Entertainment

Four days of sun, fun and folk

Calgary's annual summer tradition celebrates 28 years

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It seems so long ago that the Calgary Folk Club partnered with the Alberta government to present what was then called the Traveling Folk Festival and Goodtime Medicine Show to commemorate the province's 75th birthday. That festival quickly became an annual event and 27 installments later, the Calgary Folk Music Festival stands as one of Calgary's cultural landmarks.

Every summer, Prince's Island Park is transformed into a musical paradise for four days. The transformation isn't magical, however, but rather a result of hundreds of tireless hours poured in by organizers before the first guitar is strummed. For the past decade, the Herculean task of constructing the event from scratch has belonged to festival artistic director Kerry Clarke.

"It probably takes about seven to eight months to program the festival," says Clarke. "It takes from September to June, with the heavy booking done in January and February. We have just under 100 separate shows happening in just under 36 hours over the weekend."

After choosing a festival focus, Clarke looks at bringing in compelling headline acts as well as unique fare from Alberta and the rest of the musical world. This year's installment features musicians from eight Canadian provinces and seven countries--including acts from as far as Tuva and Afghanistan.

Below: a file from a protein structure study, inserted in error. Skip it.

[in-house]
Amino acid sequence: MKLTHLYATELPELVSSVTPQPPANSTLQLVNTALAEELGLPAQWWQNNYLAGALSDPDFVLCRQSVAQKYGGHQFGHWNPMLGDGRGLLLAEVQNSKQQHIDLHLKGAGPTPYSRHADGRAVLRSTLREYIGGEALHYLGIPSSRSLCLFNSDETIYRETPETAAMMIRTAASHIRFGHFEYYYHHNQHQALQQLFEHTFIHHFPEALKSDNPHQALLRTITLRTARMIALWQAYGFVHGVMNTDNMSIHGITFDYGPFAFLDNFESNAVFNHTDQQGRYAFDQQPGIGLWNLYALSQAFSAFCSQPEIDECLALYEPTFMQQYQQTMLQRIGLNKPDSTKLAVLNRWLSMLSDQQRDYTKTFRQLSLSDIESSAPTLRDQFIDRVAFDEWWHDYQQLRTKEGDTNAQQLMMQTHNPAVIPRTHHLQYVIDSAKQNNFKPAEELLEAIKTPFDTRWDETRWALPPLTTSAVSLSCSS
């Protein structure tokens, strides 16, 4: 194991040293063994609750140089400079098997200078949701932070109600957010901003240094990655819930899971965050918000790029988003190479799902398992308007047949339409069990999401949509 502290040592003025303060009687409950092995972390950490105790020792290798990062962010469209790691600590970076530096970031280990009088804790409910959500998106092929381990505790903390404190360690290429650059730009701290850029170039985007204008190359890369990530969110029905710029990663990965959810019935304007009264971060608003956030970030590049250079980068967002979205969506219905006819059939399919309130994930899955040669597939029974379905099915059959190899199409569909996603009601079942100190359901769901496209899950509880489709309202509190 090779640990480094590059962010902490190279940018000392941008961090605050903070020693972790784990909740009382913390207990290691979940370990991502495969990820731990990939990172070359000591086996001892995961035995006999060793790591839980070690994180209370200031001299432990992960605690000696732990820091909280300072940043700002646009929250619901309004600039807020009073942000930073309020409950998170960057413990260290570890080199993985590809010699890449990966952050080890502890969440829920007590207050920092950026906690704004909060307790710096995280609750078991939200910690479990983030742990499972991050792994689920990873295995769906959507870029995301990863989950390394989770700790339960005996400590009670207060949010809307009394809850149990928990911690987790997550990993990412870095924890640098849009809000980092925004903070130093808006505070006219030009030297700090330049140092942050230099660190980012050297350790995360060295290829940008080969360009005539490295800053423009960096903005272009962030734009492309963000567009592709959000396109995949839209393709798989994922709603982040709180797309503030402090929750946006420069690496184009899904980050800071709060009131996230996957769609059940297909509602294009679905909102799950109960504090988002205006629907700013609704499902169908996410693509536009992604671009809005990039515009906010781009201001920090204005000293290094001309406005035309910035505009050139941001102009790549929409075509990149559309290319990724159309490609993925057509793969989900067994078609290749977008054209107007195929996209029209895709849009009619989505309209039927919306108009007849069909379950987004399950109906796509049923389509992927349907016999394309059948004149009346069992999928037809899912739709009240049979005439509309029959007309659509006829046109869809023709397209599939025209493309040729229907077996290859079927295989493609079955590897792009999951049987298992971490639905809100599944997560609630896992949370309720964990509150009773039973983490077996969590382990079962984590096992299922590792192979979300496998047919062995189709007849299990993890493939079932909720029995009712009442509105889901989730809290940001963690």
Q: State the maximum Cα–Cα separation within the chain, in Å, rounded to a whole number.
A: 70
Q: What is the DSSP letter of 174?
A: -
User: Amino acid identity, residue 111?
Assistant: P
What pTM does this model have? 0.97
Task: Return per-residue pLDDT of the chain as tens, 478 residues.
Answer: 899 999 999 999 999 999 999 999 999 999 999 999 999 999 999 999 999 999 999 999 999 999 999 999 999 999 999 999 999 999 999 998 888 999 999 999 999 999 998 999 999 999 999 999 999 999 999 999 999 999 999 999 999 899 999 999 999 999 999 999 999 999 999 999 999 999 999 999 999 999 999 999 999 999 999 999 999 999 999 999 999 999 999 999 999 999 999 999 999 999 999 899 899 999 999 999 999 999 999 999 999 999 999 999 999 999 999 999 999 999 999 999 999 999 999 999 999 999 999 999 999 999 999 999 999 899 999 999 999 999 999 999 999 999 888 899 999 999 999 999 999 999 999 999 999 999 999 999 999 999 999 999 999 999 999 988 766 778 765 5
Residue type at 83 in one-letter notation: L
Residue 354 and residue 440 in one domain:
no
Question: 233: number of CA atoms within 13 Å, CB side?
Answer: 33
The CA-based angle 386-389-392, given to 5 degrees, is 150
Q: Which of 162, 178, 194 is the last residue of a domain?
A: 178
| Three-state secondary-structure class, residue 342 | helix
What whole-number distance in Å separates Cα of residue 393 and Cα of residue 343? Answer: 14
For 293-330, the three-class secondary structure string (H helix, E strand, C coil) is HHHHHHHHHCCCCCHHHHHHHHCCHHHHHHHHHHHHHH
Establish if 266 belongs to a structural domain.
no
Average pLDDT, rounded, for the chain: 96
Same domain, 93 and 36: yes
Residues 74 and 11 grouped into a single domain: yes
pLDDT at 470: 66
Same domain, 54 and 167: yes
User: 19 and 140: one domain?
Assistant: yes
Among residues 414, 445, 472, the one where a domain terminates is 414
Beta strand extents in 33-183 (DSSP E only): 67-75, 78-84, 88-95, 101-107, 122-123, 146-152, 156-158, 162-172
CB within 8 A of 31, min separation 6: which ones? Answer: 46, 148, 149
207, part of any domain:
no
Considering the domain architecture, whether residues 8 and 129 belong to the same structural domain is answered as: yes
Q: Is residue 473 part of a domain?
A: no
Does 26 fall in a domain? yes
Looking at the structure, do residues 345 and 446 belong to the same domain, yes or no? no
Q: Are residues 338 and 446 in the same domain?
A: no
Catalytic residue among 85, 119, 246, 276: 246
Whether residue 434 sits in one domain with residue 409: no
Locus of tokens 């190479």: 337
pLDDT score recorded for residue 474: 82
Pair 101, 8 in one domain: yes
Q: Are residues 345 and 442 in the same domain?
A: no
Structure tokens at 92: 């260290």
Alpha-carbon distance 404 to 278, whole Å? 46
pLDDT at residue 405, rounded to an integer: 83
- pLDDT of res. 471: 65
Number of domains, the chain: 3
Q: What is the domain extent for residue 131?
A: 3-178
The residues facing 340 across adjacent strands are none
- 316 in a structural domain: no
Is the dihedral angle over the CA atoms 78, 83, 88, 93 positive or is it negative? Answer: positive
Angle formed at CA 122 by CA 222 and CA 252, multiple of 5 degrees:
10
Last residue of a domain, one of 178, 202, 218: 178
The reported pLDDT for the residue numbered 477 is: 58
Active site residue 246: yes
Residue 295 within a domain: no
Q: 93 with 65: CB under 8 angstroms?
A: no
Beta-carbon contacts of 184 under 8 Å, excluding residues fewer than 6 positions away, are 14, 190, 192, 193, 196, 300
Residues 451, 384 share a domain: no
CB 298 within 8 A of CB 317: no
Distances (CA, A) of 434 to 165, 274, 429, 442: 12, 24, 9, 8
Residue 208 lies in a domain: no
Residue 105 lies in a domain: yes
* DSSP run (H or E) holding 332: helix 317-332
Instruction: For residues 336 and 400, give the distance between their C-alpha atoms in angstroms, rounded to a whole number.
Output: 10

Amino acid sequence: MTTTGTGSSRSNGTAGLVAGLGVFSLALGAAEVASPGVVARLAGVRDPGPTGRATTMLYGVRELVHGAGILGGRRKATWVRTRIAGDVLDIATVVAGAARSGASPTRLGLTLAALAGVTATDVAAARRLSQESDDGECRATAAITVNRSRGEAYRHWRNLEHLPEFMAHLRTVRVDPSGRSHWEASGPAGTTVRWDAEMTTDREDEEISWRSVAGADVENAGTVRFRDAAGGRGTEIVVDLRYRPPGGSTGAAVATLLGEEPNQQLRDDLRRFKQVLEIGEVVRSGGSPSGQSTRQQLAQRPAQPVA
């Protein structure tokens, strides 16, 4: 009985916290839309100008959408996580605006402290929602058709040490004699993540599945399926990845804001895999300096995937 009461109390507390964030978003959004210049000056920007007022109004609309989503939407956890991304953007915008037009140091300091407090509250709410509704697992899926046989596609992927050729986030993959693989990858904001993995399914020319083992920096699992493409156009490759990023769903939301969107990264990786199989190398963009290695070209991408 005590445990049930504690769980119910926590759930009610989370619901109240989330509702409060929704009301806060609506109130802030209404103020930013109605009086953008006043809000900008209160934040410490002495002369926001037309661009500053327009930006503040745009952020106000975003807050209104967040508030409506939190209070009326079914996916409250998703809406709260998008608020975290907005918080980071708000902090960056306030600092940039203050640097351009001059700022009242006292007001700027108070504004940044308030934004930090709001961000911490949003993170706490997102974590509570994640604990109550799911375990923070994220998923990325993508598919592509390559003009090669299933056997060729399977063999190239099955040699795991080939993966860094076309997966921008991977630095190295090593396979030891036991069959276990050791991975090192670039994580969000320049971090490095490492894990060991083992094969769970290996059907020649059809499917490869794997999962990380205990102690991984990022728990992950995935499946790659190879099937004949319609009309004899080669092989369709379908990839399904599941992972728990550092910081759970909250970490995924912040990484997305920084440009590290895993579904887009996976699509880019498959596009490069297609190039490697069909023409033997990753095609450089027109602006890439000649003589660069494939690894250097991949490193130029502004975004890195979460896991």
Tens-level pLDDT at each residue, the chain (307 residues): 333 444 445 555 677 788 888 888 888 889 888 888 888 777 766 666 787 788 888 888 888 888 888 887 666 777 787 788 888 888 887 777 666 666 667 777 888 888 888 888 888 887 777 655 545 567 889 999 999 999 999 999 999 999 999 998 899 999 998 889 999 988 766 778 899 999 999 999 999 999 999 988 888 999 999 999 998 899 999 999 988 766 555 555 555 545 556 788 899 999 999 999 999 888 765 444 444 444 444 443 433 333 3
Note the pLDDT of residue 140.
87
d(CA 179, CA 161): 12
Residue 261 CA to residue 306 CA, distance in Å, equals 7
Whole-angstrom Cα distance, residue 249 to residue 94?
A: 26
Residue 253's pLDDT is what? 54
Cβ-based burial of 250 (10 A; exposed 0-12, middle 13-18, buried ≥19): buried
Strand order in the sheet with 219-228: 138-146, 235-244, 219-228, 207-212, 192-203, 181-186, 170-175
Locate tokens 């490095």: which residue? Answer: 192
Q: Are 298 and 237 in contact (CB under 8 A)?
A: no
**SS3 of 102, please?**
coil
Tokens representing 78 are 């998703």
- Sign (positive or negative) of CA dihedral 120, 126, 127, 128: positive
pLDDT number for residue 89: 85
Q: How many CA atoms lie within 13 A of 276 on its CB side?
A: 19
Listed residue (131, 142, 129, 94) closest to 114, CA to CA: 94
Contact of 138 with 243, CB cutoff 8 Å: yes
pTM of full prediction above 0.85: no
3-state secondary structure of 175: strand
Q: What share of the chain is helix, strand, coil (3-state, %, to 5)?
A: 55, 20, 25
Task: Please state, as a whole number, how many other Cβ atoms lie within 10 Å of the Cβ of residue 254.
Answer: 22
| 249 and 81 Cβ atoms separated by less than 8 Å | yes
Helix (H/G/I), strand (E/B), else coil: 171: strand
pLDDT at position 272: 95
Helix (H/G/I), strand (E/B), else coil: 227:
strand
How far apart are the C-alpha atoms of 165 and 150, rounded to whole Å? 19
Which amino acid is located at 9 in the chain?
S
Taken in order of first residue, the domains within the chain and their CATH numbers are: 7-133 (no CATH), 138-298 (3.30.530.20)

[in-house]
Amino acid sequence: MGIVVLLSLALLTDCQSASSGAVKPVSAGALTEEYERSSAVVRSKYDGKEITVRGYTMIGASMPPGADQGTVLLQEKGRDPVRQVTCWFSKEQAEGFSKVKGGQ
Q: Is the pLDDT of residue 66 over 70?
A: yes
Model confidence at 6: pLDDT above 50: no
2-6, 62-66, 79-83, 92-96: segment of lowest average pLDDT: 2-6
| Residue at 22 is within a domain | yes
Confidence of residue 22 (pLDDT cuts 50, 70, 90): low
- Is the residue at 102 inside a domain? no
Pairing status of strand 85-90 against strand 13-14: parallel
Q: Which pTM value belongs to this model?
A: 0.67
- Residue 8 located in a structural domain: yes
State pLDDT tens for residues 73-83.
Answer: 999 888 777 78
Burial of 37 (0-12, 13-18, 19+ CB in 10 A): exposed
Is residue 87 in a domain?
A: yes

"Eight of the 65-plus artists are from around Calgary, but [more are] also from throughout Alberta," says Clarke. "At least half of the line-up is Canadian. About 30 per cent of the remainder are typically from the United States and the rest are from throughout the world. Basically, we're looking for a real mix of artists from a whole bunch of different genres."

The challenge for festival organizers is building upon past successes without falling into the trap of becoming repetitive. Constantly refocusing the festival on different aspects of folk music each year is Clarke's way of keeping things fresh, yet familiar.

"We don't want every year to be the same," says Clarke. "This year we have a focus on old-time music and New Orleans. One year we had a French program, another year we looked at spoken word. We look at what audiences liked and didn't like and adjust."

After nearly three decades, the Calgary Folk Music Festival has gained notoriety not only throughout Canada, but also around the world. All four-day festival passes were sold out well in advance of the first performance, with a few daily passes left at press time. While Clarke and the rest of the organizers appreciate the attention, they don't feel any added pressure.

"We're not really pressured, but I suppose we're always trying to one-up ourselves," says Clarke. "We're trying to be better every year. We're keeping an eye on musical trends because we want to be relevant. I like to say we're music of the past, the present and the future."

This year's festival continues this tradition, promising four days of musical revelry featuring such diverse acts as Chumbawumba, City and Colour, Don McLean, Neko Case, Final Fantasy and Great Big Sea. The only danger of Folk Festival disappointment comes from the weather, so audiences are advised to dress for anything.

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